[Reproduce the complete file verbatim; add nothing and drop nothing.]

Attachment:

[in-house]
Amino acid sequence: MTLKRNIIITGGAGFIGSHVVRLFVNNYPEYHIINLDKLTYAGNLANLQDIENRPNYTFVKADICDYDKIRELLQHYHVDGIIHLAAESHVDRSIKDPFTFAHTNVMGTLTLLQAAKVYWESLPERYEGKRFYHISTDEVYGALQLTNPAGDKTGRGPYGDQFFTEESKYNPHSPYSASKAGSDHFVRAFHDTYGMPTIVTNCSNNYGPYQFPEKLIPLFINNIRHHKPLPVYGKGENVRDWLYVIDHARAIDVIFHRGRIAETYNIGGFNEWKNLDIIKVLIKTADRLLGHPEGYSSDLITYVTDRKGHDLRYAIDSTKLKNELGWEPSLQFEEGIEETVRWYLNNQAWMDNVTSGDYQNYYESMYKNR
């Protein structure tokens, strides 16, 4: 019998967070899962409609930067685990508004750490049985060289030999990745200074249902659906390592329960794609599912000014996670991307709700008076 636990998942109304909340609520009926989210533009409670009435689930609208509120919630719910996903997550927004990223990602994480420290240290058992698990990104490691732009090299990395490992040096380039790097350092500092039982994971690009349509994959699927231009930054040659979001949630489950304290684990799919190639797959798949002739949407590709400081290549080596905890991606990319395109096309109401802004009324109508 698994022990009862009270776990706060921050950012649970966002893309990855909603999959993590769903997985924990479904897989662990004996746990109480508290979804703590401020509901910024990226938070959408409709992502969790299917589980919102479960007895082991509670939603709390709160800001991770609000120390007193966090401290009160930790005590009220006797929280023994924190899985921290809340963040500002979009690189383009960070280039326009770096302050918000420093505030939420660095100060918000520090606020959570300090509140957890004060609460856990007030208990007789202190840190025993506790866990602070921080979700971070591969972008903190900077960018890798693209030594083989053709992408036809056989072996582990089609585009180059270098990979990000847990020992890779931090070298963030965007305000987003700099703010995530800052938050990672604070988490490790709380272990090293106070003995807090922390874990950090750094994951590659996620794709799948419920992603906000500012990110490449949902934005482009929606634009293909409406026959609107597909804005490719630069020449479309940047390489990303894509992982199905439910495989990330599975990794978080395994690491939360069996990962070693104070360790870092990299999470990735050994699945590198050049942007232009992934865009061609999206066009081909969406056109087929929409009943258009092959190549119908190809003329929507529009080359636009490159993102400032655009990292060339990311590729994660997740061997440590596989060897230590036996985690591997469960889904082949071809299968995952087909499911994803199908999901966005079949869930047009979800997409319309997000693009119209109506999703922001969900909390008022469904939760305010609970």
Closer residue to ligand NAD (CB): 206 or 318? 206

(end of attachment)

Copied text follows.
[in-house]
Amino acid sequence: MTLKRNIIITGGAGFIGSHVVRLFVNNYPEYHIINLDKLTYAGNLANLQDIENRPNYTFVKADICDYDKIRELLQHYHVDGIIHLAAESHVDRSIKDPFTFAHTNVMGTLTLLQAAKVYWESLPERYEGKRFYHISTDEVYGALQLTNPAGDKTGRGPYGDQFFTEESKYNPHSPYSASKAGSDHFVRAFHDTYGMPTIVTNCSNNYGPYQFPEKLIPLFINNIRHHKPLPVYGKGENVRDWLYVIDHARAIDVIFHRGRIAETYNIGGFNEWKNLDIIKVLIKTADRLLGHPEGYSSDLITYVTDRKGHDLRYAIDSTKLKNELGWEPSLQFEEGIEETVRWYLNNQAWMDNVTSGDYQNYYESMYKNR
């Protein structure tokens, strides 16, 4: 019998967070899962409609930067685990508004750490049985060289030999990745200074249902659906390592329960794609599912000014996670991307709700008076 636990998942109304909340609520009926989210533009409670009435689930609208509120919630719910996903997550927004990223990602994480420290240290058992698990990104490691732009090299990395490992040096380039790097350092500092039982994971690009349509994959699927231009930054040659979001949630489950304290684990799919190639797959798949002739949407590709400081290549080596905890991606990319395109096309109401802004009324109508 698994022990009862009270776990706060921050950012649970966002893309990855909603999959993590769903997985924990479904897989662990004996746990109480508290979804703590401020509901910024990226938070959408409709992502969790299917589980919102479960007895082991509670939603709390709160800001991770609000120390007193966090401290009160930790005590009220006797929280023994924190899985921290809340963040500002979009690189383009960070280039326009770096302050918000420093505030939420660095100060918000520090606020959570300090509140957890004060609460856990007030208990007789202190840190025993506790866990602070921080979700971070591969972008903190900077960018890798693209030594083989053709992408036809056989072996582990089609585009180059270098990979990000847990020992890779931090070298963030965007305000987003700099703010995530800052938050990672604070988490490790709380272990090293106070003995807090922390874990950090750094994951590659996620794709799948419920992603906000500012990110490449949902934005482009929606634009293909409406026959609107597909804005490719630069020449479309940047390489990303894509992982199905439910495989990330599975990794978080395994690491939360069996990962070693104070360790870092990299999470990735050994699945590198050049942007232009992934865009061609999206066009081909969406056109087929929409009943258009092959190549119908190809003329929507529009080359636009490159993102400032655009990292060339990311590729994660997740061997440590596989060897230590036996985690591997469960889904082949071809299968995952087909499911994803199908999901966005079949869930047009979800997409319309997000693009119209109506999703922001969900909390008022469904939760305010609970």
Closer residue to ligand NAD (CB): 206 or 318? 206